My grandmother's nest was quite worn out by the time I left home, as I am quite sure was her patience with the younger generation.
I was child number sixteen that she raised.
When she married she took on two stepchildren, proceeded to have ten children of her own, and then took on the care and raising of my three older brothers and me when our parents died. Did I mention she did this all on her own? Apparently my grandfather was a mean and abusive man. One of the stories I did hear was that he treated my grandmother abusively, which she took for many years, but when he turned his violence toward his children she kicked him to the country road (they didn't have curbs where they lived!).
Where my grandmother learned her resiliance I don't know. She came from a family that didn't approve of her choice in husband, didn't support her life on a farm nor with her propensity to keep having children. Her familiy was everything to her; basicially it was her children that were dedicated and through them she found love and loyalty.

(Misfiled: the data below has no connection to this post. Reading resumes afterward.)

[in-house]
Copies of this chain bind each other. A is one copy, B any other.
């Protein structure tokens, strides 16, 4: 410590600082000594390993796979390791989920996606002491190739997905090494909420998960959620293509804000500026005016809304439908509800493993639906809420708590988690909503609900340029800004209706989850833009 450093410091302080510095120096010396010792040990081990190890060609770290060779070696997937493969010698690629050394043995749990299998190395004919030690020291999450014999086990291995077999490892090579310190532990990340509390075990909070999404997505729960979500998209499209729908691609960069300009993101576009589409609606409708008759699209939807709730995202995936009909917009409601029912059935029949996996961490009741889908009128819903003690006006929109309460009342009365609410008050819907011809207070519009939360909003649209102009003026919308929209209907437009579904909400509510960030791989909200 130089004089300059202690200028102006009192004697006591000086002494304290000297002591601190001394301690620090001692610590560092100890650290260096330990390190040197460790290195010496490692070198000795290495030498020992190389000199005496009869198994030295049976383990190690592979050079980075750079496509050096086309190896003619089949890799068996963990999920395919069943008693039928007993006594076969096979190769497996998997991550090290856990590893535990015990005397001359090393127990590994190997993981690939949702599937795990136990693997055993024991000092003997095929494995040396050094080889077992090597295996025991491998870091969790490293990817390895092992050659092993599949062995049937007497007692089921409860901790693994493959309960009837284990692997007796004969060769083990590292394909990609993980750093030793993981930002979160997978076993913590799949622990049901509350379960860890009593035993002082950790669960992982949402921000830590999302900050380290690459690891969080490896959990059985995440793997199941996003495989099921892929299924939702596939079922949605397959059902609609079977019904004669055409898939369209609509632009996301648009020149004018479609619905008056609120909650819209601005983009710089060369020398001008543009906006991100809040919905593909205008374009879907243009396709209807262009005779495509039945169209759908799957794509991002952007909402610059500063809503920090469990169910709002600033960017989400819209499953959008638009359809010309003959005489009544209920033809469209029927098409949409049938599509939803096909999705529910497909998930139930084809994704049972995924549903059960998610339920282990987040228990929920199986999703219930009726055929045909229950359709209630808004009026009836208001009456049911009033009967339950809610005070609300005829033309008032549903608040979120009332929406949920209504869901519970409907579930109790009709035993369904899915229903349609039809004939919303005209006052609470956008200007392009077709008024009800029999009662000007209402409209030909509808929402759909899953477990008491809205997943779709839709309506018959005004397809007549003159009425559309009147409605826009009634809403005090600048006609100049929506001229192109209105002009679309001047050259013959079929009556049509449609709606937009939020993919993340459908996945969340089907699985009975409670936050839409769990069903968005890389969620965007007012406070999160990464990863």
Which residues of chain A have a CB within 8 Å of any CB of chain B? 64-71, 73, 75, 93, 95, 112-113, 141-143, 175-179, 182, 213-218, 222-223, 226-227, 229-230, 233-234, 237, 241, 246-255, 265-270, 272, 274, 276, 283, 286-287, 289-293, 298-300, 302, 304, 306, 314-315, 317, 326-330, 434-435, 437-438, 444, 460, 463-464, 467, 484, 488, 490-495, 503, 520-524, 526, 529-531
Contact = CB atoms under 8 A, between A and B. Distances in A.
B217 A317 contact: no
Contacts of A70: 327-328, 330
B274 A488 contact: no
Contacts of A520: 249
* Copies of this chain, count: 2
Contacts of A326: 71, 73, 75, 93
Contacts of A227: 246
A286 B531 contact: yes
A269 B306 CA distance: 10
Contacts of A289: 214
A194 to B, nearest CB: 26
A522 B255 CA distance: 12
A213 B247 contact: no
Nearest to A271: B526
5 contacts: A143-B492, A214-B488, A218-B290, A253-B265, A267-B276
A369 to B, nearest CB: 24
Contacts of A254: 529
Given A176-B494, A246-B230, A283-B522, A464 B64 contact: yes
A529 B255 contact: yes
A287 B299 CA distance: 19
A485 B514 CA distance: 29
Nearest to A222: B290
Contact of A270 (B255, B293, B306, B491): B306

Here is the story of Elizabeth Antoinette Wlkelinski Oberlander, my grandmother.
|MaryAnna Wardynski and Anthony Wleklinski|
Elizabeth's mother and father
Elizabeth was born in 1912 in the coal mining town of Horning, Pennsylvania. She was sister to nine others, most of whom I either never met or was too young to remember. She was quite close to two of her sisiters, Irene and Helen, both of whom I do have memories of spending time with.
When I was growing up my grandmother was, well - old, or so she seemed to me. Here is a photograph of her as a young woman. The man in the picture is unknown, but I can see the shadow of the future woman I would come to know in her young and beautiful face.
Stay tuned; tomorrow more pictures and more of my memories of her and the story of her life that I've been able to piece together.